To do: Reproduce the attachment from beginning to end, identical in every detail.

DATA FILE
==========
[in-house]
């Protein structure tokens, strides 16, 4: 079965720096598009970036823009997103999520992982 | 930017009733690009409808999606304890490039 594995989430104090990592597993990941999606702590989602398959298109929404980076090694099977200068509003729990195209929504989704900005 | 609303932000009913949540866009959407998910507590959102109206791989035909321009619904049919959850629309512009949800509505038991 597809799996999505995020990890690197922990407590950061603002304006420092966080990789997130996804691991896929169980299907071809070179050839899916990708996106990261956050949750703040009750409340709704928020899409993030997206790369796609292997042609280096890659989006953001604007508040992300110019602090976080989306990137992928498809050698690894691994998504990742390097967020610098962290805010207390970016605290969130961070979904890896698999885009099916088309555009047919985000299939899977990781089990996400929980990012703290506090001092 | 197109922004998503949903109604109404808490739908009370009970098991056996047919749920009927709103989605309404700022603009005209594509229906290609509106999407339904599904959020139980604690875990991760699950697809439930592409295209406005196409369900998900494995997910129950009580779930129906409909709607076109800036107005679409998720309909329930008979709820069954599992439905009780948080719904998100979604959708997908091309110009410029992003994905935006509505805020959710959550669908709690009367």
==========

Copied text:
[in-house]
């Protein structure tokens, strides 16, 4: 079965720096598009970036823009997103999520992982 | 930017009733690009409808999606304890490039 594995989430104090990592597993990941999606702590989602398959298109929404980076090694099977200068509003729990195209929504989704900005 | 609303932000009913949540866009959407998910507590959102109206791989035909321009619904049919959850629309512009949800509505038991 597809799996999505995020990890690197922990407590950061603002304006420092966080990789997130996804691991896929169980299907071809070179050839899916990708996106990261956050949750703040009750409340709704928020899409993030997206790369796609292997042609280096890659989006953001604007508040992300110019602090976080989306990137992928498809050698690894691994998504990742390097967020610098962290805010207390970016605290969130961070979904890896698999885009099916088309555009047919985000299939899977990781089990996400929980990012703290506090001092 | 197109922004998503949903109604109404808490739908009370009970098991056996047919749920009927709103989605309404700022603009005209594509229906290609509106999407339904599904959020139980604690875990991760699950697809439930592409295209406005196409369900998900494995997910129950009580779930129906409909709607076109800036107005679409998720309909329930008979709820069954599992439905009780948080719904998100979604959708997908091309110009410029992003994905935006509505805020959710959550669908709690009367």